Season capped with Russian music

Chamber orchestra delves into myriad of engaging music

MusicReview

May 24, 2002|By Tim Smith | Tim Smith,SUN MUSIC CRITIC

The Baltimore Chamber Orchestra trotted out some Russian warhorses for its season finale Wednesday night and gave them all a satisfying ride.

Music director Anne Harrigan's choices ranged from the soothing to the biting. On the latter side was Shostakovich's Cello Concerto No. 1, with its layers of torment, irony and resignation. There are lighter ideas in the score, of course, but, as happens in so many of the composer's works, a bittersweet aftertaste invariably lingers.

Gavriel Lipkind, a young Israeli cellist with assorted competition awards and international performance credits behind him, brought terrific skills to the concerto. There was something almost impetuous and defiant - acerbic, even - in his playing, qualities perfectly suited to music by Shostakovich.

Throughout, Lipkind's tone was ripe, his articulation precise. The soft, delicate phrases in the second movement emerged with particular care and beauty. (Too bad they had to compete, like every other subtle moment during the evening, with a noisy air system in Kraushaar Auditorium.)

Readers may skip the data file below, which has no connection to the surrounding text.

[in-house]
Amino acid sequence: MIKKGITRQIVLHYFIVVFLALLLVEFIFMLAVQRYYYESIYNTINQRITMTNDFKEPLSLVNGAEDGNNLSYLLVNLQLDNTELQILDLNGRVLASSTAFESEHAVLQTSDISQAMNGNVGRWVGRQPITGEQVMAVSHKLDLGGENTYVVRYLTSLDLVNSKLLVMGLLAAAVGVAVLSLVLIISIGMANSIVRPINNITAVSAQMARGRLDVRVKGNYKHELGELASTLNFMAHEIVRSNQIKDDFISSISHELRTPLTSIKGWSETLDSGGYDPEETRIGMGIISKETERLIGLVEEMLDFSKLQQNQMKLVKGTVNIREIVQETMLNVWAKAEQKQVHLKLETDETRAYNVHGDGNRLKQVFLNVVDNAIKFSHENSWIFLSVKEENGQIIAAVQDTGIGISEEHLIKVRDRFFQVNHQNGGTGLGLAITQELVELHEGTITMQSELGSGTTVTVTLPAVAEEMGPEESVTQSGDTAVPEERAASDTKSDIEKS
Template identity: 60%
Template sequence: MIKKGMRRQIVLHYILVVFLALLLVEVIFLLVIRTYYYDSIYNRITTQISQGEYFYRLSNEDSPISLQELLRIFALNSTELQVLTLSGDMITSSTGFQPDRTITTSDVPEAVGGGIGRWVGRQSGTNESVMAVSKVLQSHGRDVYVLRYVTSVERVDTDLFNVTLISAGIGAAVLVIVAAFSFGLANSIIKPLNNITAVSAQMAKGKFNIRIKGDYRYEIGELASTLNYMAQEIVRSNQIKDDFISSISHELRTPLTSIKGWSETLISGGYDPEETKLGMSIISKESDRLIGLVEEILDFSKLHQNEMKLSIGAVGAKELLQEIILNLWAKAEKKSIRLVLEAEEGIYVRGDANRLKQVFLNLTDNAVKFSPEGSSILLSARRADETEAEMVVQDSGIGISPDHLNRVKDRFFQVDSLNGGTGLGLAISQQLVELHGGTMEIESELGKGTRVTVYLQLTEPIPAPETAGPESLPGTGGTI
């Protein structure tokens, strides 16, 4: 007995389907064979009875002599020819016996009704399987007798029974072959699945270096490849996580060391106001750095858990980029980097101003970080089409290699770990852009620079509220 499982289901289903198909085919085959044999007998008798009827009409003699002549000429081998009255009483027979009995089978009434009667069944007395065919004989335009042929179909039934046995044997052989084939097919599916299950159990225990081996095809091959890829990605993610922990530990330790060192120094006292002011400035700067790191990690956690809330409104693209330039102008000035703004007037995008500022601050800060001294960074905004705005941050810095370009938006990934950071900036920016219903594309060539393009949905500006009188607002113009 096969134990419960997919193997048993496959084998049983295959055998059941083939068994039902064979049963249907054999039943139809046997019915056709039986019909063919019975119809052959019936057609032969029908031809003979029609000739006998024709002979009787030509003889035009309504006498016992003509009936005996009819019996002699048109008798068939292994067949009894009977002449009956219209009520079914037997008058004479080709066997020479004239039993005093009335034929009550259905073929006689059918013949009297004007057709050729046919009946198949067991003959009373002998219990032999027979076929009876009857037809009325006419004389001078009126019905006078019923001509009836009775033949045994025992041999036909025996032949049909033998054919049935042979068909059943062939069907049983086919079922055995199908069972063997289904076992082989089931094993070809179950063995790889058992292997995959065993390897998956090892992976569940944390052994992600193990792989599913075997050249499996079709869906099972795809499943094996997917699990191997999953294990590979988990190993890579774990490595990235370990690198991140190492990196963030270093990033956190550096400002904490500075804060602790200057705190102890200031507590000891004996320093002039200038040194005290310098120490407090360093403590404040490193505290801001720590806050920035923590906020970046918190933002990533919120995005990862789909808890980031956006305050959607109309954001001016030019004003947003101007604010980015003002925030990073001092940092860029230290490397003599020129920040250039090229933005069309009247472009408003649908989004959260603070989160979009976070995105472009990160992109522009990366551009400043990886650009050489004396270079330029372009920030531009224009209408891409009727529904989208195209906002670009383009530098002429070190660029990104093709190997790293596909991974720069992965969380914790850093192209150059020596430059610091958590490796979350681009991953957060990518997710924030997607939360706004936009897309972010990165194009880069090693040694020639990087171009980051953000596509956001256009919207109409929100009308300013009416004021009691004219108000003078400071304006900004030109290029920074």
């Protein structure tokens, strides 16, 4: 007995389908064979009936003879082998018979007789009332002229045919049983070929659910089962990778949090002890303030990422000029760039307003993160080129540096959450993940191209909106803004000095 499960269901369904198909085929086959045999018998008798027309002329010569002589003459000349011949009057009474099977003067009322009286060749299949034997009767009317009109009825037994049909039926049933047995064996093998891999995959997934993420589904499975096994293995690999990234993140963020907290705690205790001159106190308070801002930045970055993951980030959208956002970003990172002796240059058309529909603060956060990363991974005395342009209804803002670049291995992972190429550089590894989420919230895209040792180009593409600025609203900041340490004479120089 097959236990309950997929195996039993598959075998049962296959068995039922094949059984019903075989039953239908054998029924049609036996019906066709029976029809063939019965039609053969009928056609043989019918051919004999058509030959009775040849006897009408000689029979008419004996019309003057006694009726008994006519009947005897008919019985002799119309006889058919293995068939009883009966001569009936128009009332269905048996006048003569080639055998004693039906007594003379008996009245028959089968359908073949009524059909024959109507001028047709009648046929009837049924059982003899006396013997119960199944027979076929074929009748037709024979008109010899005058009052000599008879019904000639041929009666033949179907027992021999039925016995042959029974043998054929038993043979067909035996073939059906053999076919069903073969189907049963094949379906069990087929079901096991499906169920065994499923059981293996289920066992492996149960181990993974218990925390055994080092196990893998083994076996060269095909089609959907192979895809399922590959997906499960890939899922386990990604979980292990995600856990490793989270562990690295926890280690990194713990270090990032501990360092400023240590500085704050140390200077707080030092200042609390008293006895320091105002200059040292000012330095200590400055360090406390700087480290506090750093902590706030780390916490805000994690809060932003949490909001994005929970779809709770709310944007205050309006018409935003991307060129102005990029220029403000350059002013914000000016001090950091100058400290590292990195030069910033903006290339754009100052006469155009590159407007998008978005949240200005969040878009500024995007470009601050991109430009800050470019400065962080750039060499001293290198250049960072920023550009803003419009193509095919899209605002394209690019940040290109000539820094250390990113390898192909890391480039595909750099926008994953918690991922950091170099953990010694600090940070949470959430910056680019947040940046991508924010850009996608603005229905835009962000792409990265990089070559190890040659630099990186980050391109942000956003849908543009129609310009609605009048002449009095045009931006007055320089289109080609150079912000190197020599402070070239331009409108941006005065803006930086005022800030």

The cellist's brilliant efforts were solidly complemented, for the most part, by the orchestra. A few passages could have been more tightly meshed, a few notes from otherwise incisive horn soloist David Bakkegard could have been cleaner.

But admirable strength and character came from the ensemble under Harrigan's guidance.

Earlier, the orchestra offered a charming account of Prokofiev's Classical Symphony. The conductor's tempo in the first movement seemed a little too leisurely, but she had the rest bubbling along nicely. Her attentiveness to dynamic contrasts and the transparent textures of Prokofiev's scoring paid off.

The strings nearly always sounded as polished as they were colorful; the wind sections made a similarly vibrant impression.

Rachmaninoff's gorgeous Vocalise floated along engagingly, though a few of the inner voices that complement the principal melodic line disappeared, obscuring the full flavor of the piece.

Tchaikovsky's Andante Cantabile, which opened the concert on an unusually gentle note, received an inspired performance. Harrigan shaped the music lovingly but without exaggeration or injections of drippy sentimentality.

The pacing was just right, allowing the elegant themes to unfold like the passing thoughts of a pleasant dream. The strings maintained admirable control and warmth, even at the quietest sonic levels; the violins' first, hushed entrance was downright exquisite.

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